75% of all breast tumors in women express estrogen receptor alpha (ER?+). Although anti-estrogens have markedly reduced mortality for many women with this "luminal" tumor subtype, one quarter of these patients eventually succumb to anti-estrogen-resistant cancer. Tumor initiating cells, or "cancer stem cells" have been implicated in resistance to conventional therapies, recurrence and metastasis. However, the origin of luminal tumors and the characteristics of the cells that defy treatment remain unknown. Mouse models of ER?+ breast cancer that would facilitate these studies are very rare. Multiple studies point to a close link between prolactin (PRL), aand the pathogenesis and therapeutic responsiveness of ER?+ breast cancer. Our in vivo model, the NRL-PRL transgenic mouse, permits dissection of the dynamic processes that lead to diverse carcinomas with transcript profiles that resemble the luminal tumor subtype in women, including ER? expression. In this new application, we will employ this model to investigate the hypothesis that PRL cooperates with ovarian steroids to modulate mammary epithelial progenitor and tumor cell subpopulations, promoting the development of luminal carcinomas. Further, these tumors contain tumor initiating cells, which display hormonal dependencies and therapeutic susceptibilities distinct from the bulk of tumor cells.
In Aim 1, we will establish the effect of PRL and crosstalk with ovarian steroids on mammary epithelial subpopulations in nonparous females prior to lesions, as defined by surface markers and functional progenitor assays, and identifies key mediators of these processes.
In Aim 2, we will determine characteristics of tumor initiating cells in PRL-induced ER?+ carcinomas, and ascertain their dependence on PRL and ovarian steroids and susceptibility to adjuvant treatment.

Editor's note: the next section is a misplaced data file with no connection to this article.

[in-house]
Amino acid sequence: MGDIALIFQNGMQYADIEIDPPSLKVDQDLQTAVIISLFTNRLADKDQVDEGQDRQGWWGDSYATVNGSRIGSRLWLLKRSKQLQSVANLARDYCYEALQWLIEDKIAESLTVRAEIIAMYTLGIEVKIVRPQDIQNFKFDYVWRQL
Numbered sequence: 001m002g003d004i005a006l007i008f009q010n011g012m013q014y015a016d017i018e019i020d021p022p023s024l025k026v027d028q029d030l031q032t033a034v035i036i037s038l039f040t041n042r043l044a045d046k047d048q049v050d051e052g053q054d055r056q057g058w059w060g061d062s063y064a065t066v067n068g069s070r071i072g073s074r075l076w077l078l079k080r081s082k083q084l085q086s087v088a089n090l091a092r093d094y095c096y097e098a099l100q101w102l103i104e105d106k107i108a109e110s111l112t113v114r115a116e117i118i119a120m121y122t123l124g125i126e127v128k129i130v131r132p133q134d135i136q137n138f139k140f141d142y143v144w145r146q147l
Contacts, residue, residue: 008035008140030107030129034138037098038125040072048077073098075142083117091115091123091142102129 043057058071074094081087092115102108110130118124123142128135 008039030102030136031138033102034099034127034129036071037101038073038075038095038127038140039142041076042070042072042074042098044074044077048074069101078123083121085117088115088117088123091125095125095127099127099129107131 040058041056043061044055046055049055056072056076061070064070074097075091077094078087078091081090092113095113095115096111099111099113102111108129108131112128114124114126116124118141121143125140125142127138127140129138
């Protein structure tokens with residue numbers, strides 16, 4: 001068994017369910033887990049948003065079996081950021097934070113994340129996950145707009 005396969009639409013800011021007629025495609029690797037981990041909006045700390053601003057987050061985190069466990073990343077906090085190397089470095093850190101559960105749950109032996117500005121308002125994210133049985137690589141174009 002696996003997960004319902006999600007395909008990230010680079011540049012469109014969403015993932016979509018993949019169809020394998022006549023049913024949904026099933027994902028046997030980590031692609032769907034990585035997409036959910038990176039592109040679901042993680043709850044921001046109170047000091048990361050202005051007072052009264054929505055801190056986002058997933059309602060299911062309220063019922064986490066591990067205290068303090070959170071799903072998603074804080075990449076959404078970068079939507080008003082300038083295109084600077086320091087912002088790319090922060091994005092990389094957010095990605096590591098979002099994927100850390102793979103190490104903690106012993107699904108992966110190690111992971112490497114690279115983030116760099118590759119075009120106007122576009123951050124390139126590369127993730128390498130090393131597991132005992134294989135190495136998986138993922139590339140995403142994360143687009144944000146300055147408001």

In Aim 3, we will elucidate interplay between PRL and a well-characterized oncogenic signal, ?-catenin, in regulation of normal mammary subpopulations and tumor subtype by examining the net effect of crosstalk on epithelial subpopulations prior to lesions, in early lesions, and carcinomas. These studies will illuminate the mechanism(s) whereby PRL interacts with endogenous steroids and oncogenes to promote the luminal breast cancer subtype, and its role in treatment sensitivity. They will test the cancer stem cell hypothesis in PRL-induced ER?+ carcinomas, generating a new and biologically relevant paradigm for understanding this prevalent tumor subtype, enabling the design of novel therapeutic approaches.

Public Health Relevance

Although anti-estrogens have markedly reduced mortality for many women with the luminal ER+ type of breast cancer, one quarter of these patients eventually succumb to these tumors. Cancer stem cells have been implicated in resistance to conventional therapies, recurrence and metastasis. However, the origin of luminal tumors and the characteristics of the cells that defy treatment remain unknown. We will use a mouse model of ER+ breast cancer to elucidate hormone-oncogene interactions which promote this breast cancer subtype, and to test the cancer stem cell hypothesis in ER+ carcinomas. These studies will generate a new and biologically relevant paradigm for understanding this prevalent tumor subtype, and enable the design of novel therapeutic approaches.

Agency
National Institute of Health (NIH)
Institute
National Cancer Institute (NCI)
Type
Research Project (R01)
Project #
5R01CA157675-03
Application #
8469745
Study Section
Tumor Cell Biology Study Section (TCB)
Program Officer
Sathyamoorthy, Neeraja
Project Start
2011-08-01
Project End
2016-05-31
Budget Start
2013-06-01
Budget End
2014-05-31
Support Year
3
Fiscal Year
2013
Total Cost
$289,650
Indirect Cost
$94,600
Name
University of Wisconsin Madison
Department
Biology
Type
Schools of Veterinary Medicine
DUNS #
161202122
City
Madison
State
WI
Country
United States
Zip Code
53715
O'Leary, K A; Rugowski, D E; Sullivan, R et al. (2014) Prolactin cooperates with loss of p53 to promote claudin-low mammary carcinomas. Oncogene 33:3075-82
Barcus, Craig E; Keely, Patricia J; Eliceiri, Kevin W et al. (2013) Stiff collagen matrices increase tumorigenic prolactin signaling in breast cancer cells. J Biol Chem 288:12722-32